“This dread world and the rolling of wheels” -William Blake, The Book of Urizen, 1794
|Figure 17: The working class neighborhood of Northampton|
Alan Moore grew up in was called The Boroughs
Burroughs provides no such easy access route, and is beloved less by the academic consensus than by generations of committed counterculture figures who, like Ballard and Moorcock, “weren’t so much influenced by him as inspired by him.” At times not so much a writer than a stunningly competent criminal, Burroughs effectively hit on the brilliant scheme of supporting a drug habit by writing about it. Famed for shooting his wife to death in an ill-advised drunken William Tell impression, Burroughs’s style is an obvious antecedent for Ballard’s harshly visceral lists in The Atrocity Exhibition
. His masterpiece is Naked Lunch
, an unstructured ramble of a book that was the subject of several landmark obscenity trials, all of which it won. It wanders from misadventure to misadventure, steadily dissolving reality into a paranoid dreamscape that seems to have been Burroughs’s drugfucked experience channeled onto the page, a world where “One Friday Fats siphoned himself into The Plaza, a transulcent-grey foetal monkey, suckers on his little soft, purple-grey hands, and a lamprey disk mouth of cold, grey gristle lined with hollow black erectile teeth, feeling for the scar patterns of junk,” a paragraph that exists as part of a sprawling multi-paragraph sentence with no end in sight.
|Figure 18: Heroin|
Burroughs transitioned this into a literary career such that a reasonable circle of admirers that improbably allowed him to live a heroin-addicted lifestyle until the ripe old age of 83, sustaining a pleasant existence in Lawrence, Kansas where he could have his drugs without the preying cityscape waiting to devour him. But his paranoia was not merely of the perverted rabbit hole of criminal culture that urban drug culture offered him. Rather, he feared the very technology of language, describing it as a “control machine” that was indistinguishable from his own addiction in its tyranny over his thought. This sort of paranoia struck a chord as the technological utopias of the post-World War II era fully gave way to a more unsettled pre-apocalyptic nightmare of nuclear war led human science to become what Iain M. Banks, vanguard of the post-new wave generation of science fiction in the UK, described in 1996 as an Outside Context Problem – something that “most civilizations would encounter just once, and which they tended to encounter rather in the same way a sentence encountered a full stop.” As science became dangerous so did science’s imaginative dimension.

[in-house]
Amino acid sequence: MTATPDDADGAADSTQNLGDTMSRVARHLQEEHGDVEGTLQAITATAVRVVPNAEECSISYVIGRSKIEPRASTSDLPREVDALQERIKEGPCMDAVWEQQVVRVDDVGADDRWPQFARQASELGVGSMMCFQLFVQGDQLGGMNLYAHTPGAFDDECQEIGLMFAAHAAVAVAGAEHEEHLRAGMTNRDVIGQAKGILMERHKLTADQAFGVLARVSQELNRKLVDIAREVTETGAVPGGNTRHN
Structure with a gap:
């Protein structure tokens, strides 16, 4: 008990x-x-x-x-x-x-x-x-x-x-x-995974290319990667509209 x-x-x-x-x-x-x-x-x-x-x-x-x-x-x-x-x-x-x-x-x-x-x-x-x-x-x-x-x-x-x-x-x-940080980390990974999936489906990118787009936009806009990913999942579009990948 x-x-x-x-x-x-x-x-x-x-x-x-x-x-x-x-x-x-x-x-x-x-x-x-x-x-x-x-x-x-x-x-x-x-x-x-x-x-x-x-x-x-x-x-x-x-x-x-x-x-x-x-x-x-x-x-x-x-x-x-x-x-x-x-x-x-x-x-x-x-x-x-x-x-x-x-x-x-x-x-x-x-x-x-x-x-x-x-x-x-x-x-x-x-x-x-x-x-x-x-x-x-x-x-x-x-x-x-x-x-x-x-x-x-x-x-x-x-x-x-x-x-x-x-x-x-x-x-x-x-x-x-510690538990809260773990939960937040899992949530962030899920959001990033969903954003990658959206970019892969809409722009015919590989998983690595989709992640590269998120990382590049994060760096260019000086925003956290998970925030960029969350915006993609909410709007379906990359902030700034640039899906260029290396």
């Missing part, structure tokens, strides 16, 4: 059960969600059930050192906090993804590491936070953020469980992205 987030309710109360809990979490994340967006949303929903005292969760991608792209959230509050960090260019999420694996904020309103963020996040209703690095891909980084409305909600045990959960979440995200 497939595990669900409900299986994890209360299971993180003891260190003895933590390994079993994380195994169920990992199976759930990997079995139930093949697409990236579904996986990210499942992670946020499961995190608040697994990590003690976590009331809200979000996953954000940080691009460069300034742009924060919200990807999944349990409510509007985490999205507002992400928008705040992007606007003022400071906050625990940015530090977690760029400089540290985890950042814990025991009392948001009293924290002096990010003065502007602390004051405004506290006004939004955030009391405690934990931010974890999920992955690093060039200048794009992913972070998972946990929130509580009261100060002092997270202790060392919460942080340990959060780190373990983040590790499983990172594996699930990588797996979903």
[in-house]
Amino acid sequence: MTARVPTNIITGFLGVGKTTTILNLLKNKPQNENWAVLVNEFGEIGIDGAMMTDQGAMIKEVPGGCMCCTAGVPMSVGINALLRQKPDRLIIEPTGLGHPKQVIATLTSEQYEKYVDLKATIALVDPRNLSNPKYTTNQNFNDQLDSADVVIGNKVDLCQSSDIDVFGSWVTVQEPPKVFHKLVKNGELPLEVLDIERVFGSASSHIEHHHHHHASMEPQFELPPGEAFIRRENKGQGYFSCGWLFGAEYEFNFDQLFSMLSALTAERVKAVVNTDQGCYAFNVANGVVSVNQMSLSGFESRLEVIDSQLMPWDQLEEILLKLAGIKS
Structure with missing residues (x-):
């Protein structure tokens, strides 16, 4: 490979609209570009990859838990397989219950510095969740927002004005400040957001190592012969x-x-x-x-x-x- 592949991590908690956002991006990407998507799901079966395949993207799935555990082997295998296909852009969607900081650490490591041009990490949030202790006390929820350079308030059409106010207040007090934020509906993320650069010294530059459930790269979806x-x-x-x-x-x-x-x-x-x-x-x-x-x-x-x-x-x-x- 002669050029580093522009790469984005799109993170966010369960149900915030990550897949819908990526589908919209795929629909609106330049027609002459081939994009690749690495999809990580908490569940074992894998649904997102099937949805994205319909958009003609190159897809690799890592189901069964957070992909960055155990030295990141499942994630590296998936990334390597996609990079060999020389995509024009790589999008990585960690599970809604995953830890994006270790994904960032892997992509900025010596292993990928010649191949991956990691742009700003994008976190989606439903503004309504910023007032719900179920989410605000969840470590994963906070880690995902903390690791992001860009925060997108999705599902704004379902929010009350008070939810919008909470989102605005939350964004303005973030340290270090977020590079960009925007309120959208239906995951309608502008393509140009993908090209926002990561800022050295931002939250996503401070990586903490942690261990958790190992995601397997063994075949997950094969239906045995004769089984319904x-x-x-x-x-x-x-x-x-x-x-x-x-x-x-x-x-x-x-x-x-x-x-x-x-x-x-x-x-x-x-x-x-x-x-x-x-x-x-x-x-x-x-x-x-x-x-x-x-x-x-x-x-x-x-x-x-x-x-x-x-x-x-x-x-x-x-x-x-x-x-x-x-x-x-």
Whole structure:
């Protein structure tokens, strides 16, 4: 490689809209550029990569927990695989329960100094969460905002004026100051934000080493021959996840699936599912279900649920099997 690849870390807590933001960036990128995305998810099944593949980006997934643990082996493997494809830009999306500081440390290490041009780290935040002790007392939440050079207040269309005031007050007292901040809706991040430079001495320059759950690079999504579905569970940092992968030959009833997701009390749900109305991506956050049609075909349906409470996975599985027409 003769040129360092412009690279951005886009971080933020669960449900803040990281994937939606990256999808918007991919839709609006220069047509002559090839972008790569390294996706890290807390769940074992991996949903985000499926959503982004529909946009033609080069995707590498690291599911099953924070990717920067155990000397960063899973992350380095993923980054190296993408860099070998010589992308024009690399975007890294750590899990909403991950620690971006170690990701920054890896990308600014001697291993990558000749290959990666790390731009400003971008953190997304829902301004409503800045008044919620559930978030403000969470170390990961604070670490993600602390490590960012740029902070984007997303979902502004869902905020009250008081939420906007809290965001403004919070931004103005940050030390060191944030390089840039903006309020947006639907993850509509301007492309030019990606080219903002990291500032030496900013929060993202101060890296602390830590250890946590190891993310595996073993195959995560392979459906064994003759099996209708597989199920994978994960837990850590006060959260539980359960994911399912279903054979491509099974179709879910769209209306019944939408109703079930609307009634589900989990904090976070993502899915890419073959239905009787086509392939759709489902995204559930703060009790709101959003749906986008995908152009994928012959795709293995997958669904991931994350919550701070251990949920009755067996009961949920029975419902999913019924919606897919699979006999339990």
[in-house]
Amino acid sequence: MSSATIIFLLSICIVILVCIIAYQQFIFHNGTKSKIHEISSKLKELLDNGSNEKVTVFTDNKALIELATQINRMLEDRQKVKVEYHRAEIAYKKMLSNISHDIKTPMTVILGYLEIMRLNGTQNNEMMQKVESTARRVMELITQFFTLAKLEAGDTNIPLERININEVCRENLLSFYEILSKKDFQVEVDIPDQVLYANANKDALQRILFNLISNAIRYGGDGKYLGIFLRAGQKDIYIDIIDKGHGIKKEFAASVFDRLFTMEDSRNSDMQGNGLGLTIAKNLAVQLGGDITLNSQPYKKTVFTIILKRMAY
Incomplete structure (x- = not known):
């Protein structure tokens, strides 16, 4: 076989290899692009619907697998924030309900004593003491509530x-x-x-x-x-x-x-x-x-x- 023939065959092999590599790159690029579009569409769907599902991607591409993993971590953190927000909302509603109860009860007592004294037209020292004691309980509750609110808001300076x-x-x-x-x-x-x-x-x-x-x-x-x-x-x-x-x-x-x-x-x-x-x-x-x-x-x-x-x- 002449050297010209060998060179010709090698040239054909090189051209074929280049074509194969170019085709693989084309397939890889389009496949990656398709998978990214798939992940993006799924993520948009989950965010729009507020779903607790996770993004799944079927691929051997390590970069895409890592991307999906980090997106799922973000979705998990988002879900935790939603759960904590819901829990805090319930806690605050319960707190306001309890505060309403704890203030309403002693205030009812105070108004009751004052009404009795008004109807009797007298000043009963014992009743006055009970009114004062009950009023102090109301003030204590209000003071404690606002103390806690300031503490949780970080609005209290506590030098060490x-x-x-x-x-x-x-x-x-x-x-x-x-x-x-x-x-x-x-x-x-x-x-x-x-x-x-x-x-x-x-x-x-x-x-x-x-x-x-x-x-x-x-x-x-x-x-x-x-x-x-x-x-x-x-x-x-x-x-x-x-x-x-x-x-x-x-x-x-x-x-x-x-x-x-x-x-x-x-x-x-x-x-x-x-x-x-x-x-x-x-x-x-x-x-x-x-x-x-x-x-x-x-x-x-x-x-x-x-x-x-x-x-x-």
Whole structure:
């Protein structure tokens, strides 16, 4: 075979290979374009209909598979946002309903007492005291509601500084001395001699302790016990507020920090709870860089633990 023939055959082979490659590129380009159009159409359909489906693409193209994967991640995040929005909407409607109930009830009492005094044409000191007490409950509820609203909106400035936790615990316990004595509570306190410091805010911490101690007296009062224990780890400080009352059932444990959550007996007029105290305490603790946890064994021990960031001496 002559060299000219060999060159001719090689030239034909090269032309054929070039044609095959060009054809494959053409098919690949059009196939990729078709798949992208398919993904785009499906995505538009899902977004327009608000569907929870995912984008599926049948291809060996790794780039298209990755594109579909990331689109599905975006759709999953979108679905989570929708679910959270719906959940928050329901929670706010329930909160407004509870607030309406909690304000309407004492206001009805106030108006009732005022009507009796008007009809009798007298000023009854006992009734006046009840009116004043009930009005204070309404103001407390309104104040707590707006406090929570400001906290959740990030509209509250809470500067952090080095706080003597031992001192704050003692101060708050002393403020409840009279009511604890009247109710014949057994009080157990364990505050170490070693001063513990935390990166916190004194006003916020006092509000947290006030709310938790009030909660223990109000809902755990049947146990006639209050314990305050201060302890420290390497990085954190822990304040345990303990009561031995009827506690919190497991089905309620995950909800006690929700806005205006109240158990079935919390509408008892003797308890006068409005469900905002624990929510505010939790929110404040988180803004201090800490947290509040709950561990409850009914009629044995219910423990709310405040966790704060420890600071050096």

Burroughs, like many figures within and without the war, was overtly an occultist, creating with British performance artist Brion Gysin the cut-up technique, in which written works are physically shredded into strips and remixed to produce new phrases, a practice Burroughs believed to have actual magical import, to the extent that he joined the chaos magic organization the Illuminates of Thanateros late in life. His parallelism with Grant Morrison’s later work is profound enough that it is tempting to suggest him as the real origin for Morrison’s Near Myths stories. But in a 1989 interview Morrison boasts of having “used cut-ups and non-sequiturs before I’d even read a Burroughs book,” specifically pointing to his “unreadable Gideon Stargrave” stories in Near Myths. This suggests that Burroughs provides a sort of deep-lying influence here, filtered through the new wave science fiction writers Morrison was more overtly following from.